A Sci-Fi Honey Review by Katie

The Last Days (Los Últimos Días) (2014)

It’s a beautiful day outside, but the ill-fated citizens of Àlex and David Pastor’s The Last Days (Los Últimos Días) are experiencing it through double-paned glass.  We open in a high-rise office building, where men and women are sleeping in makeshift beds made of cobbled-together cubicle furniture, clad in rumpled business attire and sporting mussed hair, men in unkempt beards.  One such man picks up a desk phone, checks the line: nothing.  He doesn’t seem surprised.  Gazing into the sprawling cityscape of Barcelona, he sees plumes of smoke rising from numerous structure fires across the city, the streets empty with not a moving vehicle or pedestrian in sight.  Resigned, he takes an elevator to the building’s parking garage, where his coworkers are doing everything in their power to chisel through a wall.  At long last, they break through the concrete and peer into a subway tunnel, stating triumphantly: “we finally made it!”  

Made it WHERE?  WHAT is going on here?!  This sequence lasts only a few minutes and comes before the opening titles, but does an amazing job of setting this film’s peculiar tone and already had me completely hooked in, wanting to learn more.

The film doesn’t supply easy answers in a neatly linear fashion, but over time we learn about these characters and the dire post-apocalyptic future they find themselves living in.  Our beardy and weary hero is Marc (Quim Gutiérrez), a corporate drone working hard on not getting fired after his company hires Enrique (José Coronado), nicknamed “The Terminator,” to thin out the less-than-productive staff.  Marc comes home every night to a beautiful girlfriend, Julia, who wants to have his baby.  Life is good, but is on the verge of change, and bizarre things are happening in the periphery of this story: a kid on the news commits suicide after not leaving his house for six months.  Marc’s coworker has been inexplicably sleeping in his office, afraid to leave the building.  People are staying indoors more than usual, and suddenly, “The Panic” strikes: a man who is forced outside has a violent seizure and dies.  For no discernible reason, all of humanity is suddenly crippled by a paralyzing fear of being outdoors, forcing all who are overcome with The Panic to remain where they are when it takes hold.  Months later, Marc is relegated to his office building with Enrique and his coworkers; and with no phone or electricity, he’s been unable to reach Julia, and has no idea where she is. Agoraphobia has become a virus, and everyone infected too petrified to step into a wide-open space.  

The animals, though, are totally cool with it. 
It’s an intriguing premise in it’s own right, but the Pastor brothers – who have experience with viral-pandemic narratives after their 2009 film Carriers – do enough with the characters, visuals, and story of this film to sustain the intrigue until the end.  The Panic itself is subtle and insidious, with those experiencing it just as baffled as the audience: was it caused by a volcanic ash cloud?  Cellphone radioactivity?  Aliens?  Plant neurotoxins that Mark Wahlberg needs a second to think about?  Or is it simply a hoax, perpetuated by the media and mass hysteria?  Regardless of the answer, the fear is real, and the consequence of setting foot outside your door is certain and agonizing death.  What drives this film’s narrative is the central relationship between two former adversaries, Marc and Enrique, who must band together to navigate subterranean tunnels and sewers to find the people they’ve lost after The Panic set in.  As they bond over their communal experiences and the shared purpose of finding their loved ones, Marc and Enrique develop a rather touching respect and mutual understanding.  The two eventually share laughs while eating fire-roasted meat from a wild bear they just fought and slaughtered in a church; and yes, that scene is just as fucking rad as it sounds.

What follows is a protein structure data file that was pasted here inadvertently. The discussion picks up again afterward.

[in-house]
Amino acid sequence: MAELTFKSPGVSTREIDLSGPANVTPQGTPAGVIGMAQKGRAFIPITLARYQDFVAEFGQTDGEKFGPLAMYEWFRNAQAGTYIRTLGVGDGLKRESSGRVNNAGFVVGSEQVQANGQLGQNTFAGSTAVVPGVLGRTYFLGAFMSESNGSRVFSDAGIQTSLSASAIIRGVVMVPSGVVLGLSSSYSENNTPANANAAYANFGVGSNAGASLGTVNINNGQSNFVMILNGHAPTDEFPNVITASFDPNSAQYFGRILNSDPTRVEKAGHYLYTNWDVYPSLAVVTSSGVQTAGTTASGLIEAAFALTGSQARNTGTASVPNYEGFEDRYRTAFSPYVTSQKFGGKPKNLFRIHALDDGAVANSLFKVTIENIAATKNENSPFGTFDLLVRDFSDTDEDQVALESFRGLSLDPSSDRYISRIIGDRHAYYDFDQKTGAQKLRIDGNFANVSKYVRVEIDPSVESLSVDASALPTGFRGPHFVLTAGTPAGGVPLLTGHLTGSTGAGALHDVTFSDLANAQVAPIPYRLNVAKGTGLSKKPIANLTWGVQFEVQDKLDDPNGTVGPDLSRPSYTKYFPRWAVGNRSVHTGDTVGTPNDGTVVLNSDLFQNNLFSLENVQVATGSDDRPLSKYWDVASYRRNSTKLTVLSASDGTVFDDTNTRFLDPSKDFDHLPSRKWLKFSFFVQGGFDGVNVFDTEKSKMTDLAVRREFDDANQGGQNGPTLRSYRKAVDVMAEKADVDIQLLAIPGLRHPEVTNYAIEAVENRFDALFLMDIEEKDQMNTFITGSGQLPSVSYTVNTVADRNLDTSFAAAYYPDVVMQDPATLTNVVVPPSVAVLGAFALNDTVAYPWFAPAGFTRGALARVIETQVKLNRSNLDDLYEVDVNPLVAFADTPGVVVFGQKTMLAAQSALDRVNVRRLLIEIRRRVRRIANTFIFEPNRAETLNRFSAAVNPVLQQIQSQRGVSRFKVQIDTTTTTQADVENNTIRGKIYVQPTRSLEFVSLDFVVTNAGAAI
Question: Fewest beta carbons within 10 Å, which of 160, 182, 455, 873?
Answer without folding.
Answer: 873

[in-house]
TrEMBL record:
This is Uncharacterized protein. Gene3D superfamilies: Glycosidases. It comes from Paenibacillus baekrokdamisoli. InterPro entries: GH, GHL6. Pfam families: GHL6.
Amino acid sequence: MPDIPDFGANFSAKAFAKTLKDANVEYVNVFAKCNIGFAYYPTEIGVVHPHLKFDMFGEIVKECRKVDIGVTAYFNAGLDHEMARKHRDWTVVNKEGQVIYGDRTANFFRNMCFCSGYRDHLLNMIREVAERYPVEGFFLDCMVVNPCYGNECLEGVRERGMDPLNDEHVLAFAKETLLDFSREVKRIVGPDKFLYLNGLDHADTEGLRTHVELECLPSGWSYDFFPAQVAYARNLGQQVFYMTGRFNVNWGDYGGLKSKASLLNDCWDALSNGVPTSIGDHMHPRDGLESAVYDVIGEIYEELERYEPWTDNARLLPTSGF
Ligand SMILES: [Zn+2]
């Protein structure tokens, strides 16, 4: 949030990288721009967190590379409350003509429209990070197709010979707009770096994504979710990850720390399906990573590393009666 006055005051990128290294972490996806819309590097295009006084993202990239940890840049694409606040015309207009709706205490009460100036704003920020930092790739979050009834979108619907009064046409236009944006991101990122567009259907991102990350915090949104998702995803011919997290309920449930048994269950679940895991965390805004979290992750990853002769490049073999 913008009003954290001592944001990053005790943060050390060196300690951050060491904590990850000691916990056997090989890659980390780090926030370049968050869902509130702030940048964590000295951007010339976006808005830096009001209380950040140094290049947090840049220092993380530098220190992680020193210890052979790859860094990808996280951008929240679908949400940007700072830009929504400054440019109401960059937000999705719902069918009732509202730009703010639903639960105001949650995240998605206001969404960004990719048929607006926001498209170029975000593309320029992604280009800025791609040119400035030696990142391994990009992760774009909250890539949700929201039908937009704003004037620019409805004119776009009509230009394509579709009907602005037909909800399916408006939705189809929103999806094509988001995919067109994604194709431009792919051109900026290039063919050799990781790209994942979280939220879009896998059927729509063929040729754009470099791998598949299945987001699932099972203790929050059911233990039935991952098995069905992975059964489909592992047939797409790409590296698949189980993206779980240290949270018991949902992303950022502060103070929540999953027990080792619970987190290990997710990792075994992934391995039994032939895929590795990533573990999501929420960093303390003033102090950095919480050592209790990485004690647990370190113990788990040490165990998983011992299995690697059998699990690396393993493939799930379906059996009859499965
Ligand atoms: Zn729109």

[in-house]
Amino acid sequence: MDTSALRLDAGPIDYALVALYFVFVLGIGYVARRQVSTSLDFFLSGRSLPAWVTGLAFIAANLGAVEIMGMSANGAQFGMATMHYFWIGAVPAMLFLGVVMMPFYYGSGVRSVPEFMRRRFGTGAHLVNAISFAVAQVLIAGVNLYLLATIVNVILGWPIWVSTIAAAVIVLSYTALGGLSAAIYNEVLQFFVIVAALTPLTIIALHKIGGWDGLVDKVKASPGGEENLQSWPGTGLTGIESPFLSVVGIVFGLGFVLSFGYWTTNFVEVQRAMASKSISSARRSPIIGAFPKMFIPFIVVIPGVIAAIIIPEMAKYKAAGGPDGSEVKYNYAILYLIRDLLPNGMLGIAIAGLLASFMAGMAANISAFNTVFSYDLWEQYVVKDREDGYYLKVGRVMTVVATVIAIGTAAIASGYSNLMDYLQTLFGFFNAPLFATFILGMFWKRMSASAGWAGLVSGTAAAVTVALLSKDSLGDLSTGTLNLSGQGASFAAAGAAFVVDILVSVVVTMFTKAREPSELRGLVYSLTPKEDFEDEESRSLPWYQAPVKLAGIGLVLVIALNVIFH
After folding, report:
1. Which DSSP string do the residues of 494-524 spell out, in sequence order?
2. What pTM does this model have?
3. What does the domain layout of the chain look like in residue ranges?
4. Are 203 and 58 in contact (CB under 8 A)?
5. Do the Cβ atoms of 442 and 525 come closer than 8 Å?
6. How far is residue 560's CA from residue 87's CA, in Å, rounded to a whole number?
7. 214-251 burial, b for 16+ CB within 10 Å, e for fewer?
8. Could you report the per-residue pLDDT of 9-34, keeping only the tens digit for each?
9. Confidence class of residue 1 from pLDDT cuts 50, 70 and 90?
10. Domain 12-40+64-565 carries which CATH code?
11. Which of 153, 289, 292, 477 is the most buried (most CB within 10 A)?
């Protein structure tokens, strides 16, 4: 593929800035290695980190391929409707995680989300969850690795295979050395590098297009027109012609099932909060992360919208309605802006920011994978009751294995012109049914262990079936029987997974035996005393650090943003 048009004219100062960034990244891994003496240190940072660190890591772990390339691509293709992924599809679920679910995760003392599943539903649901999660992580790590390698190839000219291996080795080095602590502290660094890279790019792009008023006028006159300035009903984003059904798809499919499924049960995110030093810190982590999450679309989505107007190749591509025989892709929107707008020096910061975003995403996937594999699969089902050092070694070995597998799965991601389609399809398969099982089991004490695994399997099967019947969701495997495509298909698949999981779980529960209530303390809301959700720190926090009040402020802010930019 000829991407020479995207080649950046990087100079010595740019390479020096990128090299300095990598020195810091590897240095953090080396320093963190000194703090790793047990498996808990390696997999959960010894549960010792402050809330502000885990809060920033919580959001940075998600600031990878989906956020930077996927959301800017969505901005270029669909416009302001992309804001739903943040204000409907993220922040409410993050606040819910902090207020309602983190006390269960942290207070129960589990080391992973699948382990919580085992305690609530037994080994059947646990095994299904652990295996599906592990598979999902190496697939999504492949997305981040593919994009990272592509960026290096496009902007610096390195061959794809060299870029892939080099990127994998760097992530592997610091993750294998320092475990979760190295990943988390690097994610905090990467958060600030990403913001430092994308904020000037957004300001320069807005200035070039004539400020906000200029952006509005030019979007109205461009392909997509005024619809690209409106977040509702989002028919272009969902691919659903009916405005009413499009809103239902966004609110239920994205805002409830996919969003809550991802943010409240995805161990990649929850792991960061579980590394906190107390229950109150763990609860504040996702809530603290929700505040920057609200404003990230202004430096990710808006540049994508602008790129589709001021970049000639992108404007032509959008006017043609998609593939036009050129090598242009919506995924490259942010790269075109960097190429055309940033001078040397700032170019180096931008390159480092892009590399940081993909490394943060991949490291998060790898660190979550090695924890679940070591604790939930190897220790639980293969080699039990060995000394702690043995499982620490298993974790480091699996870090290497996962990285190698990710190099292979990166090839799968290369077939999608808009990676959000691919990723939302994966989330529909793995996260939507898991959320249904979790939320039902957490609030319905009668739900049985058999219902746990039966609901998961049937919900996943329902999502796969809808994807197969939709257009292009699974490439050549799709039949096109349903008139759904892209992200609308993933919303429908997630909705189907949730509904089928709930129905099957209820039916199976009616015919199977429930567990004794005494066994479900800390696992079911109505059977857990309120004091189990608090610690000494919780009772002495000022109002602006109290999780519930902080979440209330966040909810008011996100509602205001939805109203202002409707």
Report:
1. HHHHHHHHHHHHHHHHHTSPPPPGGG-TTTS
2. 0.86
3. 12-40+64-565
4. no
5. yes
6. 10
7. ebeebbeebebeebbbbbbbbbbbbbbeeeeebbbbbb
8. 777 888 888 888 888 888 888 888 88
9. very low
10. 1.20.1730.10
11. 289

Because nothing says "male bonding" like a little "bear butchery."
As is often the case with post-apocalyptic stories, the hostile environment or even the presence of a “monster” is not as terrifying as what average human beings are capable of when supplies are scarce and fear sets in.  In one scene, Marc encounters a supermarket that has become a fortress, surrounded by a shopping-cart barrier and torches, guarded by those who are unwilling to compromise their own survival to share their rations with others.  It’s a very real consequence of struggling to endure a desperate situation, and you’re screwed if you end up pissing off someone who is already at the summit of their paranoia.  Suddenly, the thought of going outside is not as bad as confronting the alternative of a life lived indoors facing eternal gloom, loneliness, and ever-dwindling supplies.  The Panic is so substantial, though, that trying to make it into another building separated by merely a courtyard can seem like an impossible distance to navigate.

Yeah, thanks, NOT going out there.
There are two ways to end a dystopian tale; whether it is ambiguous or not, there’s got to be a glimmer of hope, or an element of despair.  The note that the Pastor brothers close The Last Days on will likely be the deciding factor on whether or not fans of these types of films leave this experience loving or hating it.  For this Sci-Fi Honey, The Last Days is more about the perilous journey than the destination, taking us on some dark and desperate stops along the way.  It’s an inspired entry in the post-apocalyptic genre, and worth a couple hours spent indoors to explore.

Sci-Fi Honey Rating: Four crippling fits of The Panic out of five.